I also want to ask our Upstate community to keep a close eye on how we can support our public schools, teachers and administrators, and the students and families that they serve over the next several weeks. In particular, our Upstate United Ways are helping to coordinate strategic supports for children and families during this time. Public Education Partners will be doing everything that we can to be a good partner to Greenville County Schools, our colleagues at Ten at the Top, and others as we navigate this crisis. I invite you to follow us on our social media platforms (@PEPGreenville) and website for critical information relating to COVID-19, along with updates about our own programming.
Be well. Stay safe. Thank a teacher.
Public Education Partners (PEP), founded in 1985, leads our community in acting collectively to support, strengthen, and advance public education and student achievement in Greenville County Schools. To that end, its work focuses on Elevating Teachers, Empowering Advocates, and Engaging Communities.
Roper Mountain Science Center is a great place to visit no matter when you go, but if you go now through July 12th, there’s a treat in store for you—the Butterfly Adventure, now in its 4th year.
As you enter the natural rainforest habitat area, which is now covered in netting, you’ll receive a “magic wand”—a cotton swab dipped in red Gatorade—to attract the butterflies. There are hundreds of butterflies of several species native to our region, along with plants that are brought in specially for the species of butterflies to feed on, rest on, lay eggs on, and do what butterflies do.
Zebra Longwing butterfly
After you leave the netted area (making sure you’re not taking any butterflies with you on your clothes), you’ll enter the Rainforest Classroom, which right now is full of glass tanks and netted enclosures where all manner of caterpillars, cocoons, and moths and butterflies are in various stages of metamorphosis—all presided over by Anne Howell, the “butterfly lady,” who breeds a lot of the butterflies for the exhibit and is happy to pass along her knowledge to visitors young and old.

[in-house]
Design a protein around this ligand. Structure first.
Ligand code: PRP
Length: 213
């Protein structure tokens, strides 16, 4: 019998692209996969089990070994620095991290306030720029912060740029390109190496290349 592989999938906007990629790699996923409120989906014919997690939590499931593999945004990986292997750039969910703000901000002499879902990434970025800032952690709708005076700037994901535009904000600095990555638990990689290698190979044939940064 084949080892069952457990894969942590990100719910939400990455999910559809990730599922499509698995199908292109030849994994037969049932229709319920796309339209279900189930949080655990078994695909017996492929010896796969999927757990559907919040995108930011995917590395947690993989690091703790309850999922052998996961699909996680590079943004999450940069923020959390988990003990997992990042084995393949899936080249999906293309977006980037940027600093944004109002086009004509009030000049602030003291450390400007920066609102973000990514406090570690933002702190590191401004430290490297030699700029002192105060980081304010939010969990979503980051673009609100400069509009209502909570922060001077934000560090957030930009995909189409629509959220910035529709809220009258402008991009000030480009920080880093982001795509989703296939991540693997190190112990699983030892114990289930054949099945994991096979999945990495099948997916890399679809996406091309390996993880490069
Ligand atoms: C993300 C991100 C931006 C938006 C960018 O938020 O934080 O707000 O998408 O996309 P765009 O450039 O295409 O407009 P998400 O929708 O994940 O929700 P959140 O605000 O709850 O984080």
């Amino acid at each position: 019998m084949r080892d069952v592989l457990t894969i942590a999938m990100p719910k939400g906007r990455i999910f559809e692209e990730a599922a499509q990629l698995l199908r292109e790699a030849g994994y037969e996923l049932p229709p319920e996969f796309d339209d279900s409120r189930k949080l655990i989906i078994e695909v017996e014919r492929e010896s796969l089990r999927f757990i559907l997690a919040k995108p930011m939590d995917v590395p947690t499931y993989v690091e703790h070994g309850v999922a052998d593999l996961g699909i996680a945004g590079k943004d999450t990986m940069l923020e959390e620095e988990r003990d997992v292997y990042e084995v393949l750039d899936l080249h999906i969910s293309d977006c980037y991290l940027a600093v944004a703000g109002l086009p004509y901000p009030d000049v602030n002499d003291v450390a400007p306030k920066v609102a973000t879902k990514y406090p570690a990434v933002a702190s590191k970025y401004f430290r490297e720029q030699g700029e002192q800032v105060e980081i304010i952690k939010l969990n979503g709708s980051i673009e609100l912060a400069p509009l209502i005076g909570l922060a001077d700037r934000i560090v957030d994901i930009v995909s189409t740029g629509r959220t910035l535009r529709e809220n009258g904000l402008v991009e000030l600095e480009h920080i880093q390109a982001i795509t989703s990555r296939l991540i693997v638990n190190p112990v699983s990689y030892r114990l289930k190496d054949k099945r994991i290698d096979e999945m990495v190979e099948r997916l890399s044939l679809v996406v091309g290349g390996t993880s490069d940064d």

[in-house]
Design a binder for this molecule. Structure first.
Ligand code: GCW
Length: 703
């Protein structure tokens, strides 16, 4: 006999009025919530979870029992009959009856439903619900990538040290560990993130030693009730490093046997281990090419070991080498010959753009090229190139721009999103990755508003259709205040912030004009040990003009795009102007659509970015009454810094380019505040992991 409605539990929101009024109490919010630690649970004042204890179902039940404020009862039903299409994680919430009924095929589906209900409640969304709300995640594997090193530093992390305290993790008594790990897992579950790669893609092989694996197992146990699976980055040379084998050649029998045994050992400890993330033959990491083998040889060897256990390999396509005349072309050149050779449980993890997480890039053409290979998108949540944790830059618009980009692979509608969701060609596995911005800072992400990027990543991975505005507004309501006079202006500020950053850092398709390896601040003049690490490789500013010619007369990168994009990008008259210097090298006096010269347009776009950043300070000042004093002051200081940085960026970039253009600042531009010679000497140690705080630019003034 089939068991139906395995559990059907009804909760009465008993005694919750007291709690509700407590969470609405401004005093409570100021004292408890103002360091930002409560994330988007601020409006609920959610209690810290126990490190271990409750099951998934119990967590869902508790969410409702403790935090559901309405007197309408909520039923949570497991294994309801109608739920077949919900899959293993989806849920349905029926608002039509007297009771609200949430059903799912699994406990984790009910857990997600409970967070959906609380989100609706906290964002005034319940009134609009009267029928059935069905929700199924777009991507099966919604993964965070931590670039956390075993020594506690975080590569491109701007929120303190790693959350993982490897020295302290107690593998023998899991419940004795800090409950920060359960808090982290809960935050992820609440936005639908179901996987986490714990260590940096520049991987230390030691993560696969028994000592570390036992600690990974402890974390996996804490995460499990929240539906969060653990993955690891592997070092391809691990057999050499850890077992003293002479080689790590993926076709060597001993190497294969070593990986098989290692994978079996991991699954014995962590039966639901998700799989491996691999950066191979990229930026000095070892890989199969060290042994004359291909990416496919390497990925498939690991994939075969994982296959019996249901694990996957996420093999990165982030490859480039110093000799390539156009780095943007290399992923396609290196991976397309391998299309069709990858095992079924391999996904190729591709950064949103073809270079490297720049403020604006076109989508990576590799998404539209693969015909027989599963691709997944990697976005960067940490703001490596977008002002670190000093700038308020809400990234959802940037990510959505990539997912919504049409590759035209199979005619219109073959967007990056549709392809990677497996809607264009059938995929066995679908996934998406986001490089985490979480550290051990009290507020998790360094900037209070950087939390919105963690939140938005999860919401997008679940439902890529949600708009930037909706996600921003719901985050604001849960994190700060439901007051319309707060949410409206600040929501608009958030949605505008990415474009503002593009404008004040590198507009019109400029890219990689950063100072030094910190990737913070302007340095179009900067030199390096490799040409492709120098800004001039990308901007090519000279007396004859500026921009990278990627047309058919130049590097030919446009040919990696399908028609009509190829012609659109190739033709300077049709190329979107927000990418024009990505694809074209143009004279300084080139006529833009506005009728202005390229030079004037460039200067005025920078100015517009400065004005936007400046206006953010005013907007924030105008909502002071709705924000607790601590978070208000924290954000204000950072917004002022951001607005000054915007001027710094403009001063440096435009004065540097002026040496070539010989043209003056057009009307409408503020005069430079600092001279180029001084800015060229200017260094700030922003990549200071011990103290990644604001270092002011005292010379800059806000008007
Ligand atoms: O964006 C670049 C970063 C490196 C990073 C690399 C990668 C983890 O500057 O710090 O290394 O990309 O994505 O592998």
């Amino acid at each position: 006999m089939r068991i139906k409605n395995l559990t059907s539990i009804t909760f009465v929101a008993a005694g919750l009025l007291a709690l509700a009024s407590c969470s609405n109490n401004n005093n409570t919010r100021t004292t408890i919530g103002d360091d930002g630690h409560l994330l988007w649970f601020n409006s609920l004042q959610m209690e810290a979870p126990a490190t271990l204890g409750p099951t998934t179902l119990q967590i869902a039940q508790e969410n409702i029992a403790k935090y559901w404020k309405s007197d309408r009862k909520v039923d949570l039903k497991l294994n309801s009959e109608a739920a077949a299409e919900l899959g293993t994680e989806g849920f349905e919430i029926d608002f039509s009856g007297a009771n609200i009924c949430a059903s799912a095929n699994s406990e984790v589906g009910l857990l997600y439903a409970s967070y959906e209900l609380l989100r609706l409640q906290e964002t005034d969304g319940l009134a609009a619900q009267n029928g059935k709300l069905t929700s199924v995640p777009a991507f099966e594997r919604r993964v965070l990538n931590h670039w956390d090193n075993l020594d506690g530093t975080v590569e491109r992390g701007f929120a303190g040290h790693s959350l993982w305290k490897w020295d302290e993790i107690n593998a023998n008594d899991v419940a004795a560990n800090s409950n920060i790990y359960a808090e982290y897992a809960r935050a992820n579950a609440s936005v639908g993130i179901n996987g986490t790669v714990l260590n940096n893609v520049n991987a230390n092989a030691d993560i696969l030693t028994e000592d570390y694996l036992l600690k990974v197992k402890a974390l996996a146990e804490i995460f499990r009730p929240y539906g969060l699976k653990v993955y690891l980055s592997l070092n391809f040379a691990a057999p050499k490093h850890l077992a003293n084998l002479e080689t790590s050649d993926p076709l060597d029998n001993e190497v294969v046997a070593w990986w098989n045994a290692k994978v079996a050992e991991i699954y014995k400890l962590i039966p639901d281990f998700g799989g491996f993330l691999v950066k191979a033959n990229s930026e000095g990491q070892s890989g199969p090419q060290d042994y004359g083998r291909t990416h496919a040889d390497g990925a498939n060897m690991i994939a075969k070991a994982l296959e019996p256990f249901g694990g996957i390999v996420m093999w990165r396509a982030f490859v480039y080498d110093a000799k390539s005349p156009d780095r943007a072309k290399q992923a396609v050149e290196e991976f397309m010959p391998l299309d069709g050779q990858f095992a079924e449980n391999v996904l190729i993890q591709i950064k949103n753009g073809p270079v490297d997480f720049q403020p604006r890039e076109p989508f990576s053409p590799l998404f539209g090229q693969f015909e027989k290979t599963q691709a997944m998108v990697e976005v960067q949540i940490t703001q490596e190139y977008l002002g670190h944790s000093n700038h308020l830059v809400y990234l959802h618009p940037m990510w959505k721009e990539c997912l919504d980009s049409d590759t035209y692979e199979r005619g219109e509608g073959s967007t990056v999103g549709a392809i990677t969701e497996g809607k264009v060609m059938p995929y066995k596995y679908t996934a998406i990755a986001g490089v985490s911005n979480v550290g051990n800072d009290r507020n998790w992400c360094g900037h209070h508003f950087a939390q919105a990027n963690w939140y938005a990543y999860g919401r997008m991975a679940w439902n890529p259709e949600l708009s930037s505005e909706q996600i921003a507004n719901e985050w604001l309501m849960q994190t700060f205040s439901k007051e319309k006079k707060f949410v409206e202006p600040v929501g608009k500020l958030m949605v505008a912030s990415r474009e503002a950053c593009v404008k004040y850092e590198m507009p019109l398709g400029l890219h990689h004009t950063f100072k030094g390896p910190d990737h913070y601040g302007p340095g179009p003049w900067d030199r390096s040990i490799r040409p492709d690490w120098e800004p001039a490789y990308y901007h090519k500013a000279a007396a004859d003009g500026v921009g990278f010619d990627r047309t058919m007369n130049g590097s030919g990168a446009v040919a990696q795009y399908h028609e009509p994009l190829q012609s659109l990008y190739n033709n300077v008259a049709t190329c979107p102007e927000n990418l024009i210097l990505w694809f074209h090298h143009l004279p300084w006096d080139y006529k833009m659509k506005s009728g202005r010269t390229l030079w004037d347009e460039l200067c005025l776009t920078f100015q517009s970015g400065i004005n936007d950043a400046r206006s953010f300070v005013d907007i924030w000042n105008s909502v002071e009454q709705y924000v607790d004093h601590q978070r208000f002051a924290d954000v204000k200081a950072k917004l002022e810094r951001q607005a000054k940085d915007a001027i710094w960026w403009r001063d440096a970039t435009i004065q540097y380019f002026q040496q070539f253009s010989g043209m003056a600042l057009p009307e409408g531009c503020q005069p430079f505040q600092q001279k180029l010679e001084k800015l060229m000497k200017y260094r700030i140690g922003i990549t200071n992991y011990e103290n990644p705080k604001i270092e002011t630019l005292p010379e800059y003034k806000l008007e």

Anne Howell, the “Butterfly Lady”
The exhibit is open Tuesday through Saturday from 9:00 a.m. to 3:00 p.m., closed only on the 4th of July. Admission is: $8 for teens and adults (ages 13-59); $7 for children (ages 4-12) and for senior citizens (age 60 and over). Free for children age 3 and under, Roper Mountain Science Center members, and school district employees.
Want even more butterfly adventure? Three special Monday Butterfly Bonanza parent/child events will take place on June 17th, June 24th, and July 8th, from 10:00-11:00 a.m. The Butterfly Bonanza ticket ($40 for a parent and one child) includes a special butterfly-themed craft and sweet treat.
And, of course, year-round, the butterfly garden outside of Harrison Hall contains plants that attract butterflies and bees. In 2002, it was certified as a National Wildlife Federation Schoolyard Habitat.
While you’re there, you’ll want to explore the rest of the Harrison Hall of Natural Science, the nature trails, living history farm, and much more.
One of Ten at the Top’s focus areas for 2019 will be convening various stakeholders to address what is becoming a serious problem in South Carolina: a shortage of teachers to meet the growing demand.
Working with Ten at the Top to spearhead this initiative is Ansel Sanders, president and CEO of Public Education Partners, whose mission is “to lead our community in acting collectively to support, strengthen and advance public education and student achievement in Greenville County Schools.” That mission positions Sanders ideally to gather interested parties to address the shortage.